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Bryant Defense Manages to Get Its Side Aired

Its counterattack is unusually powerful. Prosecution gains too, with nature of detail.

October 10, 2003|Alan Abrahamson and Steve Henson | Times Staff Writers

EAGLE, Colo. — Conventional thinking before court convened Thursday in the case of the People vs. Kobe Bryant was that the defense team would pass on a preliminary hearing.

Conventional thinking was wrong.

After a day of explosive and graphic testimony, the defense had dramatically managed to present its own version of events, laying the groundwork for a significant challenge to the prosecution assertion that Bryant raped a 19-year-old woman on June 30 at a resort in Edwards, Colo.

The prosecution indisputably scored points, experts said, in large measure because of the nature of the detail leveled against Bryant. But they also noted that the defense counterattack was unusually powerful, given that this was a preliminary hearing, where the odds are normally stacked on the side of the prosecution.

Moreover, the prosecutor, Deputy Dist. Atty. Gregg Crittenden, was chided by the judge for not knowing how to properly ask a question of his witness, a basic taught in law school. The witness, a detective who initially led the investigation, couldn't remember key facts. And aggressive questioning by defense attorney Pamela Mackey sowed the seeds, legal experts said, for the defense to ultimately create the reasonable doubt it will seek before a jury.

Denver attorney Nathan D. Chambers, who represented Oklahoma City bomber Timothy J. McVeigh after his conviction and who attended Thursday's hearing, said of the prosecution, "They've got some problems."

Craig Silverman, a former Denver chief deputy district attorney also on hand for the hearing, noted that the prosecution was unlikely to be "holding anything back."

"Kobe Bryant came off as an oafish, boorish adulterer," Silverman said. "But it doesn't appear there's sufficient evidence for 12 people to call him a rapist."

With testimony not concluded, Eagle County Judge Frederick Gannett continued the hearing until Wednesday, putting off until then the likely decision that Bryant will eventually stand trial. Bryant remains free on $25,000 bail.

In open court, testimony abruptly ended with Mackey's final question hanging in the air. It was a rhetorical bomb designed to shape the direction of the case the defense's way in the weeks and months to come.

Cross-examining Eagle County Sheriff's Det. Doug Winters, inquiring into the prosecution assertion that a medical examination showed evidence consistent with "penetrating ... trauma," Mackey asked whether the evidence wasn't also consistent "with a person who'd had sex with three different men in three days." The prosecution objected. Gannett called an immediate halt to the questions and summoned the attorneys to another room.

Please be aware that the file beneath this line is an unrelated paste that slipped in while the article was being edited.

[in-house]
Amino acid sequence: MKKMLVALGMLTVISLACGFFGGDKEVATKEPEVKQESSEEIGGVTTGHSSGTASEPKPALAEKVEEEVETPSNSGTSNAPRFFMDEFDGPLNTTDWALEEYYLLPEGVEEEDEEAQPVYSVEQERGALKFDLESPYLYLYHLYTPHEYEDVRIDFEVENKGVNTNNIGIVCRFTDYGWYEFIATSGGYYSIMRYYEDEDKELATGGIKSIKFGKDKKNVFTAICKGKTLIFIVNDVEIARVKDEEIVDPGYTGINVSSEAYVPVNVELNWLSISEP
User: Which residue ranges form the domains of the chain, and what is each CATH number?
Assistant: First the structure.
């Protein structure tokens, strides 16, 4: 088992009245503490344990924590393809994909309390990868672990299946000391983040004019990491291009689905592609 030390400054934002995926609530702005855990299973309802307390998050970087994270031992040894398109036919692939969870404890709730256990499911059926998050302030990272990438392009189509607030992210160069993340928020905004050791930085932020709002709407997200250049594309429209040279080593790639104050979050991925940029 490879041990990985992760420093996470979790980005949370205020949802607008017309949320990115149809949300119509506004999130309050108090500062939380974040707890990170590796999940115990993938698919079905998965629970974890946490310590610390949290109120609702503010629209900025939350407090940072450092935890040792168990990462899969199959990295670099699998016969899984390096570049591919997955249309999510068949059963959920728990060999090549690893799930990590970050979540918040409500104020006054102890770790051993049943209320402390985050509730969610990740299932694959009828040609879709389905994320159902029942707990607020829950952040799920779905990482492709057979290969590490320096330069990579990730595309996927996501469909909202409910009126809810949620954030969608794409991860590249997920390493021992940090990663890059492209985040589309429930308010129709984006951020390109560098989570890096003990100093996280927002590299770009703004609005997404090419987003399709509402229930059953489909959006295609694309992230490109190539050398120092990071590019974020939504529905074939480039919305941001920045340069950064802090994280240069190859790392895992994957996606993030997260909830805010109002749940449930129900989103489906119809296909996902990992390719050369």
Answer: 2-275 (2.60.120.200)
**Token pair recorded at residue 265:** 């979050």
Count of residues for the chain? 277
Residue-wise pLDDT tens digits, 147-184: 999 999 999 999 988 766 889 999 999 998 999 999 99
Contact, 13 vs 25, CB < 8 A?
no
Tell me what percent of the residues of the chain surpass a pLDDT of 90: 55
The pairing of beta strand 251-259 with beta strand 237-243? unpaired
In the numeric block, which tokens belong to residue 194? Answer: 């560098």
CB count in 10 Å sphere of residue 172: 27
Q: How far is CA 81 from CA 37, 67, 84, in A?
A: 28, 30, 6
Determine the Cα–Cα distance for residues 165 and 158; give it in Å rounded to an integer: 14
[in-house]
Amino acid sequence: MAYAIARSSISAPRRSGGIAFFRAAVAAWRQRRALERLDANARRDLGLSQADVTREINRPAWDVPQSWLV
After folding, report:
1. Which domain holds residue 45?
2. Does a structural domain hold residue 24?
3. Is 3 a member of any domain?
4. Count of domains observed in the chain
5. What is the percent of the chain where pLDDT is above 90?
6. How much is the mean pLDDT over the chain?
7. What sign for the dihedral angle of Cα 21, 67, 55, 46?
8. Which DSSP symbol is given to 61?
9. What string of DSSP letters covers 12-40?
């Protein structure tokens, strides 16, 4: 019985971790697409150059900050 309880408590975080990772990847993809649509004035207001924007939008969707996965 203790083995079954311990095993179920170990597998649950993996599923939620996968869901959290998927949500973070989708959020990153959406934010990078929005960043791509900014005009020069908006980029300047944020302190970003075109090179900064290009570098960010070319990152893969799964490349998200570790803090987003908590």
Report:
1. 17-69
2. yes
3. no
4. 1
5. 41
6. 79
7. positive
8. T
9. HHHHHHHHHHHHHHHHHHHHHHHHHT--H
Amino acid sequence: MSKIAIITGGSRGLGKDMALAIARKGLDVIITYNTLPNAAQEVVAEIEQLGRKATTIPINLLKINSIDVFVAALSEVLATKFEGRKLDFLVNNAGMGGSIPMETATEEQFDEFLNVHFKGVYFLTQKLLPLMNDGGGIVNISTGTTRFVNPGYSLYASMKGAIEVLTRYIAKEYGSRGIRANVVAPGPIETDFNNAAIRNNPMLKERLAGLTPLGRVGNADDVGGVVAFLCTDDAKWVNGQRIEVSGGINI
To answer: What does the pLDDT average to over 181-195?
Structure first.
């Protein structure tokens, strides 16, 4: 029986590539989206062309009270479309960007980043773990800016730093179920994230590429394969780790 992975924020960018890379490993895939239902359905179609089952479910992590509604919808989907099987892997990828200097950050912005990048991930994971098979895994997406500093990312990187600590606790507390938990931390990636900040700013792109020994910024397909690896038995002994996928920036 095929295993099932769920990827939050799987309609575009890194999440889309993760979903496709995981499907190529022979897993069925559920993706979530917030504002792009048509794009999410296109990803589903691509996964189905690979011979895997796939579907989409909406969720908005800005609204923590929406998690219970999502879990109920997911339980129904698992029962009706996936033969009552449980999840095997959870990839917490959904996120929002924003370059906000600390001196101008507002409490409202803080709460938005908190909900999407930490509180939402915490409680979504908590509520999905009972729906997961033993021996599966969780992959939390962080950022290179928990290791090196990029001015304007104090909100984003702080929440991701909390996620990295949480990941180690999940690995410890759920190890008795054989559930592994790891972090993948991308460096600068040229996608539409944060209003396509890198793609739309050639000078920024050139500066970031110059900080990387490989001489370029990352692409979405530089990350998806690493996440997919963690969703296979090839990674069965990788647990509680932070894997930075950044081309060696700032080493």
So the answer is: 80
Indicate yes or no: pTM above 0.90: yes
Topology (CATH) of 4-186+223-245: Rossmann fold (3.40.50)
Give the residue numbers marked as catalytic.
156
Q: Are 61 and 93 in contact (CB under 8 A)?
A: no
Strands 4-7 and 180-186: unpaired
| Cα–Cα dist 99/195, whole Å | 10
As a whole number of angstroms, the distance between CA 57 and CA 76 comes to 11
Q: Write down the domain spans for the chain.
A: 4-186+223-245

But, as lawyers say, the question amounted to a bell that can't be unrung. It was an inquiry designed to cast doubt from coast to coast, in newspapers and on television, on the 19-year-old's credibility.

Traditionally, names of complaining witnesses in sexual assault cases are not used in open court. But Mackey blurted out the accuser's name six times Thursday. She apologized each time. Experts were divided about whether Mackey did so on purpose. They agreed, however, that doing so also advanced another defense objective --sharply limiting the possibility that a trial will be televised, for fear the woman's name would be used, even accidentally, on camera.

Norman Early, a former Denver district attorney, said outside the courthouse afterward that he was appalled.

"Once may be a mistake. Twice may be a mistake. Six times is no mistake," Early said. "And to follow those six times up with the kind of question she asked about this woman having sex with three different people on three different days, knowing she's not going to be able to prove that at trial, that's nothing but ... contemptible, despicable and sleazy."

Others, however, said Mackey was shrewd and sophisticated and must have had sound basis for asking the question.

Silverman said, "Note how artfully the question was put. She didn't say it, was this consistent with [the accuser].... She simply asked if the injury was consistent with 'a person' having sex with three men over three days."

Mark J. Werksman, a former federal prosecutor and current criminal defense attorney in Los Angeles, who has been involved in numerous high-profile cases, said in a telephone interview, "The defense is simply trying to inject their [case] onto the record in an otherwise very restrictive environment."

Because a preliminary hearing is so restrictive -- the law says that all inferences favor the prosecution and that hearsay evidence, generally inadmissible, is loosely allowed -- conventional wisdom had it that Bryant and his defense team would waive the hearing and go straight to trial court.

From a prosecution standpoint, a preliminary hearing generally offers a large upside. As Marcia Clark, lead prosecutor in the O.J. Simpson criminal trial who is here as a TV reporter, said, it is "to show people I have a powerful case."

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